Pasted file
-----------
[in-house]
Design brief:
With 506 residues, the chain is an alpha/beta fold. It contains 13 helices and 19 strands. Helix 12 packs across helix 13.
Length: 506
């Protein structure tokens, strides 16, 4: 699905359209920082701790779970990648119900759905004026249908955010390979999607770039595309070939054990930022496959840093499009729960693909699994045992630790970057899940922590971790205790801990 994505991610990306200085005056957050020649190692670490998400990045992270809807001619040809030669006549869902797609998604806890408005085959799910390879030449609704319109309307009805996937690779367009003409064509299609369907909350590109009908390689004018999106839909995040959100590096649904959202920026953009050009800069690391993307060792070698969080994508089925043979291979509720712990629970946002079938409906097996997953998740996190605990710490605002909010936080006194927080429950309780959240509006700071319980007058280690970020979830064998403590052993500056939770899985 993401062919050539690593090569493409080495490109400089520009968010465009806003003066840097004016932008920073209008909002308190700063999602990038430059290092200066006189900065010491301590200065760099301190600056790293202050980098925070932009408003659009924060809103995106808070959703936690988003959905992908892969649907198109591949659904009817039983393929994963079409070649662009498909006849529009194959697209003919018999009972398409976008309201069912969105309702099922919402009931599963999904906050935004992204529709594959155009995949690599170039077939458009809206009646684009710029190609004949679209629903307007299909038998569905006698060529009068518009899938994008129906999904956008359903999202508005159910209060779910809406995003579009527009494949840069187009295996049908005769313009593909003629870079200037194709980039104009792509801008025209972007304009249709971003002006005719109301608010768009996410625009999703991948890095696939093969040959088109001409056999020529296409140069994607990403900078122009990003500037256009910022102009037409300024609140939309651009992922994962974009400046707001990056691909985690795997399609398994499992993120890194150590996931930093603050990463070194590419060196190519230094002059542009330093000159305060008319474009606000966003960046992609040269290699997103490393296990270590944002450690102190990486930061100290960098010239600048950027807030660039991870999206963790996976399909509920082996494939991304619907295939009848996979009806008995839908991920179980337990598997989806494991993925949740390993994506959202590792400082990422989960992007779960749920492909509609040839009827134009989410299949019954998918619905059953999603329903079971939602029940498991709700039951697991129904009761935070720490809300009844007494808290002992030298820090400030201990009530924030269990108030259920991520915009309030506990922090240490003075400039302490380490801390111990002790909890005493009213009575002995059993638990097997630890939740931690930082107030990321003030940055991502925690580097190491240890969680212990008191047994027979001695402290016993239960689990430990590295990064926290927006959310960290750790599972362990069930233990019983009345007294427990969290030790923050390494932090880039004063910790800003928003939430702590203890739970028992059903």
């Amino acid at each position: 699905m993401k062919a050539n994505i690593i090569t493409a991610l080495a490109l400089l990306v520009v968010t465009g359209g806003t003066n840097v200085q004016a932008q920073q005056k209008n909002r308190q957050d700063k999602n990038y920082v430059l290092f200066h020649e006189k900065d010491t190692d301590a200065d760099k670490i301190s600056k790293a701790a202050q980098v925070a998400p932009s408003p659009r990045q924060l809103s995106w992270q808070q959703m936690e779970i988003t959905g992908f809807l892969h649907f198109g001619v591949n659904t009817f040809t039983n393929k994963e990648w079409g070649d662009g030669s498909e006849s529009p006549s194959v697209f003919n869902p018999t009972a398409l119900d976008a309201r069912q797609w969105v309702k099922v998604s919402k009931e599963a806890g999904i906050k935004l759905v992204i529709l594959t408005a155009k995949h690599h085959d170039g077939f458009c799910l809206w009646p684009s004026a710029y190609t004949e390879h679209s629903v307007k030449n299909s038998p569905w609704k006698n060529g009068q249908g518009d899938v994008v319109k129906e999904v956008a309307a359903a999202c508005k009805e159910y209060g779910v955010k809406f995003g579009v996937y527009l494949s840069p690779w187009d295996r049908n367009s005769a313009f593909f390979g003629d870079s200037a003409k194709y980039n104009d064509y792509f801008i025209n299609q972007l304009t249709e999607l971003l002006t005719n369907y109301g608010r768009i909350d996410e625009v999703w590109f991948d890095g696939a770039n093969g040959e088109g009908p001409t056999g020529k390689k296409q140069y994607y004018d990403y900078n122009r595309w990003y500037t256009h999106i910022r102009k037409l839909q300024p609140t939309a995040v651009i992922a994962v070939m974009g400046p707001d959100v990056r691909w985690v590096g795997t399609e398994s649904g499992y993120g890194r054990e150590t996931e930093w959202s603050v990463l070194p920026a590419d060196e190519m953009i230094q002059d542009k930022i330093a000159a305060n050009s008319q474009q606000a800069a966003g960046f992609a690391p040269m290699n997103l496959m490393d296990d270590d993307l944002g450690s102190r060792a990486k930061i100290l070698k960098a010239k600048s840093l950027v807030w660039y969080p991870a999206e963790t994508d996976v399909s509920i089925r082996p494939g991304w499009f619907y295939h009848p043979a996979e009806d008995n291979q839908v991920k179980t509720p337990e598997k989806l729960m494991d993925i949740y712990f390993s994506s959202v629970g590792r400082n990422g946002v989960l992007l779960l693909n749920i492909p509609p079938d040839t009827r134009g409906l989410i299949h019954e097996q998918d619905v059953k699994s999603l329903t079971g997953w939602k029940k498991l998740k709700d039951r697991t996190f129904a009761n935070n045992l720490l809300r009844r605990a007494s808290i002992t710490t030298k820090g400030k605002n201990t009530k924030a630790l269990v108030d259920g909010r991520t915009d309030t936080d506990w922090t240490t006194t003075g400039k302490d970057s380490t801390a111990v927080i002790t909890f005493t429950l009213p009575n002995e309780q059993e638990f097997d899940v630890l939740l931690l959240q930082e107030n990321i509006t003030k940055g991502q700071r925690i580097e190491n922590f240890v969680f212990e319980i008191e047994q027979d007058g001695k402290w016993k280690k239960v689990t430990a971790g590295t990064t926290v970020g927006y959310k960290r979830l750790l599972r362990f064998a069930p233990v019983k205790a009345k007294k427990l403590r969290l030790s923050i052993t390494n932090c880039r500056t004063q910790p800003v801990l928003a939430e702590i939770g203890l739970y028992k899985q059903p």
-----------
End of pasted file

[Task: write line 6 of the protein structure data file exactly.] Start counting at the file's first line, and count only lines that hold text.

């Amino acid at each position: 699905m993401k062919a050539n994505i690593i090569t493409a991610l080495a490109l400089l990306v520009v968010t465009g359209g806003t003066n840097v200085q004016a932008q920073q005056k209008n909002r308190q957050d700063k999602n990038y920082v430059l290092f200066h020649e006189k900065d010491t190692d301590a200065d760099k670490i301190s600056k790293a701790a202050q980098v925070a998400p932009s408003p659009r990045q924060l809103s995106w992270q808070q959703m936690e779970i988003t959905g992908f809807l892969h649907f198109g001619v591949n659904t009817f040809t039983n393929k994963e990648w079409g070649d662009g030669s498909e006849s529009p006549s194959v697209f003919n869902p018999t009972a398409l119900d976008a309201r069912q797609w969105v309702k099922v998604s919402k009931e599963a806890g999904i906050k935004l759905v992204i529709l594959t408005a155009k995949h690599h085959d170039g077939f458009c799910l809206w009646p684009s004026a710029y190609t004949e390879h679209s629903v307007k030449n299909s038998p569905w609704k006698n060529g009068q249908g518009d899938v994008v319109k129906e999904v956008a309307a359903a999202c508005k009805e159910y209060g779910v955010k809406f995003g579009v996937y527009l494949s840069p690779w187009d295996r049908n367009s005769a313009f593909f390979g003629d870079s200037a003409k194709y980039n104009d064509y792509f801008i025209n299609q972007l304009t249709e999607l971003l002006t005719n369907y109301g608010r768009i909350d996410e625009v999703w590109f991948d890095g696939a770039n093969g040959e088109g009908p001409t056999g020529k390689k296409q140069y994607y004018d990403y900078n122009r595309w990003y500037t256009h999106i910022r102009k037409l839909q300024p609140t939309a995040v651009i992922a994962v070939m974009g400046p707001d959100v990056r691909w985690v590096g795997t399609e398994s649904g499992y993120g890194r054990e150590t996931e930093w959202s603050v990463l070194p920026a590419d060196e190519m953009i230094q002059d542009k930022i330093a000159a305060n050009s008319q474009q606000a800069a966003g960046f992609a690391p040269m290699n997103l496959m490393d296990d270590d993307l944002g450690s102190r060792a990486k930061i100290l070698k960098a010239k600048s840093l950027v807030w660039y969080p991870a999206e963790t994508d996976v399909s509920i089925r082996p494939g991304w499009f619907y295939h009848p043979a996979e009806d008995n291979q839908v991920k179980t509720p337990e598997k989806l729960m494991d993925i949740y712990f390993s994506s959202v629970g590792r400082n990422g946002v989960l992007l779960l693909n749920i492909p509609p079938d040839t009827r134009g409906l989410i299949h019954e097996q998918d619905v059953k699994s999603l329903t079971g997953w939602k029940k498991l998740k709700d039951r697991t996190f129904a009761n935070n045992l720490l809300r009844r605990a007494s808290i002992t710490t030298k820090g400030k605002n201990t009530k924030a630790l269990v108030d259920g909010r991520t915009d309030t936080d506990w922090t240490t006194t003075g400039k302490d970057s380490t801390a111990v927080i002790t909890f005493t429950l009213p009575n002995e309780q059993e638990f097997d899940v630890l939740l931690l959240q930082e107030n990321i509006t003030k940055g991502q700071r925690i580097e190491n922590f240890v969680f212990e319980i008191e047994q027979d007058g001695k402290w016993k280690k239960v689990t430990a971790g590295t990064t926290v970020g927006y959310k960290r979830l750790l599972r362990f064998a069930p233990v019983k205790a009345k007294k427990l403590r969290l030790s923050i052993t390494n932090c880039r500056t004063q910790p800003v801990l928003a939430e702590i939770g203890l739970y028992k899985q059903p």